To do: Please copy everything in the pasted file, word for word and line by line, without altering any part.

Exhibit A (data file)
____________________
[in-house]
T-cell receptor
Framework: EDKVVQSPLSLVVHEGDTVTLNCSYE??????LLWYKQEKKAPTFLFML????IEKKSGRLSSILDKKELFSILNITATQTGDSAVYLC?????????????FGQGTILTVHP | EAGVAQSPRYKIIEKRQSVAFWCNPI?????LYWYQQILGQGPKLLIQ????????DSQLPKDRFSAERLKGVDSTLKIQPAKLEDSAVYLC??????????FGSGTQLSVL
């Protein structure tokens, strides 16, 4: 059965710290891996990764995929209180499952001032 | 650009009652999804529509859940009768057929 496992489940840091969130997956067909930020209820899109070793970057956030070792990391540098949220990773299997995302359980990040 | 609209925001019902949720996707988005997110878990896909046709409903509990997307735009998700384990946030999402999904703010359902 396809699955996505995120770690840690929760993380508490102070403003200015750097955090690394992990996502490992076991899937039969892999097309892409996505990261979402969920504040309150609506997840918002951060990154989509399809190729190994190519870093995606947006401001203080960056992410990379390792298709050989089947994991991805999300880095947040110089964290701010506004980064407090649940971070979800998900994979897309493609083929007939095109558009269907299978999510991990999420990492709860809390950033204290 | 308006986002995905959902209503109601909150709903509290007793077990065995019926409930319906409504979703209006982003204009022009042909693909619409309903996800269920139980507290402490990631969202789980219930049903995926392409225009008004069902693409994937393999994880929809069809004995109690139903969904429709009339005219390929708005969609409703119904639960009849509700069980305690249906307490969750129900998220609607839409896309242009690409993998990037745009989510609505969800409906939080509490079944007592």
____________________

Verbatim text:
[in-house]
T-cell receptor
Framework: EDKVVQSPLSLVVHEGDTVTLNCSYE??????LLWYKQEKKAPTFLFML????IEKKSGRLSSILDKKELFSILNITATQTGDSAVYLC?????????????FGQGTILTVHP | EAGVAQSPRYKIIEKRQSVAFWCNPI?????LYWYQQILGQGPKLLIQ????????DSQLPKDRFSAERLKGVDSTLKIQPAKLEDSAVYLC??????????FGSGTQLSVL
């Protein structure tokens, strides 16, 4: 059965710290891996990764995929209180499952001032 | 650009009652999804529509859940009768057929 496992489940840091969130997956067909930020209820899109070793970057956030070792990391540098949220990773299997995302359980990040 | 609209925001019902949720996707988005997110878990896909046709409903509990997307735009998700384990946030999402999904703010359902 396809699955996505995120770690840690929760993380508490102070403003200015750097955090690394992990996502490992076991899937039969892999097309892409996505990261979402969920504040309150609506997840918002951060990154989509399809190729190994190519870093995606947006401001203080960056992410990379390792298709050989089947994991991805999300880095947040110089964290701010506004980064407090649940971070979800998900994979897309493609083929007939095109558009269907299978999510991990999420990492709860809390950033204290 | 308006986002995905959902209503109601909150709903509290007793077990065995019926409930319906409504979703209006982003204009022009042909693909619409309903996800269920139980507290402490990631969202789980219930049903995926392409225009008004069902693409994937393999994880929809069809004995109690139903969904429709009339005219390929708005969609409703119904639960009849509700069980305690249906307490969750129900998220609607839409896309242009690409993998990037745009989510609505969800409906939080509490079944007592």